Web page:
A draw at Upton Park against the fifth-placed Hammers is a solid result, particularly given Everton's cushy fixtures over the next two months. Roberto Martinez and the Toffees even ought to feel decent about the performance they put forward in a difficult environment against a solid side.
Of course, that makes the team's inability to take all three points all the more frustrating.
To understand what happened on Saturday, let's start by looking at both sets of lineups.
Martinez made only one change to the lineup that beat Sunderland 6-2, with Brendan Galloway replacing the injured Bryan Oviedo at left-back.
Slaven Bilic's side also lined up in a 4-2-3-1, which was similar in many ways to that of Everton.
Both sides had full-backs unafraid to get forward in the attack, one holding midfielder playing in a more defensive role (Chiekhou Kouyate and Gareth Barry), another holding midfield with more license to get forward (Mark Noble and James McCarthy), and an attacking midfield three with most of its team's creative responsibilities.
Both sides also relied on their right wings to provide the majority of their width, as their left and central attacking midfielders provided a more central interplay.
For Everton, this is nothing new. Against Sunderland, much of the Toffees' attacks came through Gerard Deulofeu down the right wing, as Arouna Kone, Ross Barkley, and Romelu Lukaku overwhelmed the Black Cats' defense in the center of the pitch.
Things were not quite as easy against West Ham, a side with an obviously superior defense, but the ideas were largely the same.
The Toffees once again made a point of getting the ball to Deulofeu as early as possible, a method that has helped the side to score goals in multiple matches this season. His and passes received map, courtesy of FourFourTwo.com, clearly show this.
When the ball came down the right, Kone behaved as you would expect, by drifting in toward the center and even all the way across to the right at times, as the heatmap below, courtesy of EvertonFC.com, displays.
Deulofeu's presence down the right definitely stretched the West Ham United defense, but he failed to create much from that wide position in the final third, as his crossing map indicates.
This map is probably even a little flattering to Deulofeu, who turned the ball over multiple times in dangerous positions by trying to do too much on the ball. In fairness to Deulofeu though, West Ham was clearly aware that he was going to be the major danger man, and frequently had multiple players down the right to defend him.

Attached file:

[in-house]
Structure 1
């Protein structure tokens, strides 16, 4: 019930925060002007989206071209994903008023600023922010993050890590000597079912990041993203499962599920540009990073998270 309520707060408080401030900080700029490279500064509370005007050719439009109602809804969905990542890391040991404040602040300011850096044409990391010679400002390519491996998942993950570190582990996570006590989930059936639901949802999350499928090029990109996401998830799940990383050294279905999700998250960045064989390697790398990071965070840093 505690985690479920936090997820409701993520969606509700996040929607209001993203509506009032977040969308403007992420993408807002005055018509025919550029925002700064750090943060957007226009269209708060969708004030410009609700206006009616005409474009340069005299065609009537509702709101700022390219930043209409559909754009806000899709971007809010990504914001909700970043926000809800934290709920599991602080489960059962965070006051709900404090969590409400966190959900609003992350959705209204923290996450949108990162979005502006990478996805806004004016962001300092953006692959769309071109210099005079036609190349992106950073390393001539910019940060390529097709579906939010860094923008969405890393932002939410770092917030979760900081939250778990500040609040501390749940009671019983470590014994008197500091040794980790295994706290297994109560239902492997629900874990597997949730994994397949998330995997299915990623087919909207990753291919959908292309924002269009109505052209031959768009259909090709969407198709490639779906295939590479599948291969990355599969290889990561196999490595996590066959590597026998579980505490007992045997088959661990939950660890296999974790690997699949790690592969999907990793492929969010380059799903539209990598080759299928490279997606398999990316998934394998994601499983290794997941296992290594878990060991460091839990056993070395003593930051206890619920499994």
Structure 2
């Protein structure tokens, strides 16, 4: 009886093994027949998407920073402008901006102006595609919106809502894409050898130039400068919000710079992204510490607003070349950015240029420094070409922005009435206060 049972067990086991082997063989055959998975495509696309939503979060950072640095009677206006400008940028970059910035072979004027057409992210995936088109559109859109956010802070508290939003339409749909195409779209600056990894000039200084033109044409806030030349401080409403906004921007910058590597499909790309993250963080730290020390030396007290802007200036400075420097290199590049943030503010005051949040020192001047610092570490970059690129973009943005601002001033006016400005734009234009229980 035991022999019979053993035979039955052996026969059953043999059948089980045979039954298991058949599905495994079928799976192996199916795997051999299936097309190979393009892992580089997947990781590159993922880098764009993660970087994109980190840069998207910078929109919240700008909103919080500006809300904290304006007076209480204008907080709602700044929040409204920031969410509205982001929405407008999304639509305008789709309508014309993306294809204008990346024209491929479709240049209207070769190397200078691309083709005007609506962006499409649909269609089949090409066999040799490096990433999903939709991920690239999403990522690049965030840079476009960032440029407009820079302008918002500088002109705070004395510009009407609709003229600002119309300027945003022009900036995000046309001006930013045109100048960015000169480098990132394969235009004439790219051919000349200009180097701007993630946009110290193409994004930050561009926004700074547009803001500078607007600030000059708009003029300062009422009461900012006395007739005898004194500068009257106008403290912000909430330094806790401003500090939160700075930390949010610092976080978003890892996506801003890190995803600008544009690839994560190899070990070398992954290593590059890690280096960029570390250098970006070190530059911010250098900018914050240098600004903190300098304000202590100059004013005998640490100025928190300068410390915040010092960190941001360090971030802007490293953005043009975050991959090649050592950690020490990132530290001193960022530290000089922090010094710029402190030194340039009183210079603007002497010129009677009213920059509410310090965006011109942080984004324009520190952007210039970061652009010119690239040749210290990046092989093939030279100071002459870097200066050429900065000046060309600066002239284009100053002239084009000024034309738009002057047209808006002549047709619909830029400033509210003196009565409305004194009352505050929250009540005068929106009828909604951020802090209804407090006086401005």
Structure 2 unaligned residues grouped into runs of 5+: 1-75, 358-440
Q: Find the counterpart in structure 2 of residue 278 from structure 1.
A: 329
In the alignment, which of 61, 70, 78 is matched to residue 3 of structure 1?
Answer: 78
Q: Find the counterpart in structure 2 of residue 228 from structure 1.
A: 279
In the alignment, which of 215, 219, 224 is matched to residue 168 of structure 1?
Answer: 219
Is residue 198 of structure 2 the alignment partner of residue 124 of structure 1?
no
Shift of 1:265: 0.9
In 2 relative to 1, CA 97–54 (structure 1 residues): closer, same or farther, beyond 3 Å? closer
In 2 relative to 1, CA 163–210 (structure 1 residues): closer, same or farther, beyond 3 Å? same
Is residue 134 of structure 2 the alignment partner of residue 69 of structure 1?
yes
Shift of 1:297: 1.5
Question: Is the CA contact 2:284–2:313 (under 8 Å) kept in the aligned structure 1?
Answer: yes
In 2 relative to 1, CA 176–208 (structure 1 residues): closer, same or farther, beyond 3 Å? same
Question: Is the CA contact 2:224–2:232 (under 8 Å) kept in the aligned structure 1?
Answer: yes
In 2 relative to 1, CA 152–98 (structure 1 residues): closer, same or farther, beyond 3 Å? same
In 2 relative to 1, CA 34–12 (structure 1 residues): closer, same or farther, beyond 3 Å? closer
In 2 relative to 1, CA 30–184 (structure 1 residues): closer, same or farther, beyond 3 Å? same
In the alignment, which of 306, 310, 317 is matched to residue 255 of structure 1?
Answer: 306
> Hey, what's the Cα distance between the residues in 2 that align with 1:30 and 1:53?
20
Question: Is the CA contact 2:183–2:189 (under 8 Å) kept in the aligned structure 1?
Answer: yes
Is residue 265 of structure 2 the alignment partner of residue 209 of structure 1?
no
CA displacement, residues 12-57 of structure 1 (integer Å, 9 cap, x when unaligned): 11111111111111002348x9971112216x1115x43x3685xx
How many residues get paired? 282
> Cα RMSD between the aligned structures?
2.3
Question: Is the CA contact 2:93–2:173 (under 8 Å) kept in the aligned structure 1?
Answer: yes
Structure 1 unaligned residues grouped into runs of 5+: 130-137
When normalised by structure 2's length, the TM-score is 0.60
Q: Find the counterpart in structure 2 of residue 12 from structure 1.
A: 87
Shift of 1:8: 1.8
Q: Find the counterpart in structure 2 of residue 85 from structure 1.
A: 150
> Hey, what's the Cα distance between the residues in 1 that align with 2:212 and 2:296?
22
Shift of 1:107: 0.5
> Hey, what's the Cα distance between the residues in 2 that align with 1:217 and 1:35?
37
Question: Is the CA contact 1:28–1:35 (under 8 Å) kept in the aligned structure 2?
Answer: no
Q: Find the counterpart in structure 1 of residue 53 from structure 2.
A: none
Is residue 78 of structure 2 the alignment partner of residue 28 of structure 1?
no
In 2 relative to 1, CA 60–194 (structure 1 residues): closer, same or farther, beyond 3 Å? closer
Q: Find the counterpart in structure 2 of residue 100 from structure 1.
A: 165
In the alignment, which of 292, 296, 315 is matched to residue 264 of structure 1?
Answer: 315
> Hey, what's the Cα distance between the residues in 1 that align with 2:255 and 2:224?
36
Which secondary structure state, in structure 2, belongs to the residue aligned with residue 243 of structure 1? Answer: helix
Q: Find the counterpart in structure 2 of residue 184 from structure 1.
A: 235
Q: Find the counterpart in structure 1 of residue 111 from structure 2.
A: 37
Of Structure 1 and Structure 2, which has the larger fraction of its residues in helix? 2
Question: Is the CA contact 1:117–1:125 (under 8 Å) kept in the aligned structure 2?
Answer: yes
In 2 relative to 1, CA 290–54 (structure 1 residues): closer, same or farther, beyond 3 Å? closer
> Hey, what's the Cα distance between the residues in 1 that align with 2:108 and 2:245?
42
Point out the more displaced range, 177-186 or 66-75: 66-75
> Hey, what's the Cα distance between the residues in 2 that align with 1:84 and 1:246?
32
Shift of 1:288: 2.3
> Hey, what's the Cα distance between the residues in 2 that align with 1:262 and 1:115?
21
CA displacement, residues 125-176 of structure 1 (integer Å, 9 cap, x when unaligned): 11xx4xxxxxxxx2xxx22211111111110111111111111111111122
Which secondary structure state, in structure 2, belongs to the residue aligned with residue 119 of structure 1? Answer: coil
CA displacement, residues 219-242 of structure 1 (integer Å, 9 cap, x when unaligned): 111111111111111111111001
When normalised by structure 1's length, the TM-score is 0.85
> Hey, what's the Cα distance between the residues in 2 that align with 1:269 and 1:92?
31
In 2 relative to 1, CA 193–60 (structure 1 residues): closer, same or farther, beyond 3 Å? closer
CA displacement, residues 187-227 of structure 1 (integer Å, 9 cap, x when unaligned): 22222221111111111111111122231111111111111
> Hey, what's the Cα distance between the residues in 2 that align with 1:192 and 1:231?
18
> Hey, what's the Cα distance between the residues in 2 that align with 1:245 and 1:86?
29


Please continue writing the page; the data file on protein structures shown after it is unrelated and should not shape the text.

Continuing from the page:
Deulofeu did play the killer pass to Romelu Lukaku on the counter that led to Everton's only goal though, a play that reminds us of exactly how good the Spaniard can be. Everton's counter did not create too many chances throughout the match though, so the Toffees were required to make most of their chances in the second half via a slower buildup.
In attack, West Ham relied on two different factors to create chances. The Hammers had some success trying to create chances through the interplay between Manuel Lanzini and Dimitri Payet, who rotated between the left and central attacking midfield roles.
Lanzini and Payet both popped up all over the middle and left channels, making them difficult to track. Their heatmaps make this clear.
West Ham did attempt to build through the midfield at times throughout the match, but the temptation to play long through Andy Carroll was often too much for West Ham's midfielders and defenders to resist.
The Hammer probably tried to play long to Carroll more frequently than Bilic might have liked, particularly given that Everton dealt very well with the threat of the massive English striker.
Very few of West Ham's long balls found their target, as the long-ball map below indicates.
Even just in general, Carroll was isolated more often than not, as his passes received map indicates.
With Everton's chances on the counter attack somewhat limited and West Ham's Andy Carroll largely ineffective, both teams' best attacking plan was via the slow, possession-based buildup. Ultimately, neither team had enough to to find a winner under those circumstances.
In truth, West Ham never got particularly close to a break-through in the second half, in part due to the departure of Payet due to injury. Perhaps the clearest way to see this is by looking at the Hammers' passes in the final third.
There is very little incisive about what West Ham did in the final third all match. Despite having the ball in attacking areas for a fair amount of the match, the Hammers struggled to get the ball within 20-25 yards of goal in scoring areas. Even West Ham's goal came not as a factor of an incisive pass into the box, but from a rebound from a not overly dangerous shot.
Everton's final third passing was not much better.
As previously discussed, most of Everton's danger came from down the right, which is ideal given the lineup the Toffees used. But, with Deulofeu unable to get the ball into the box with any frequency, the ball got played into Ross Barkley in central areas, where he needs to be the player to make things happen.
But, Barkley struggled to make a significant impact on the match.
He simply could not find the incisive pass or shot throughout the match. As Deulofeu's reputation as a game changer continues to grow, he is going to draw more attention from defenders, as he did against West Ham. When that happens, Barkley simply must be the player who picks opposing defenses apart in the final third.
In all, Everton has continued to put itself in situations to win matches, but the club's big players must make big plays if the Toffees are to be successful. If Deulofeu continues to draw attention from opposing defenders, players like Ross Barkley must be able to unlock defenses. If he can do that, the Toffees will be in position to put together a run of victories with a weak portion of the schedule approaching.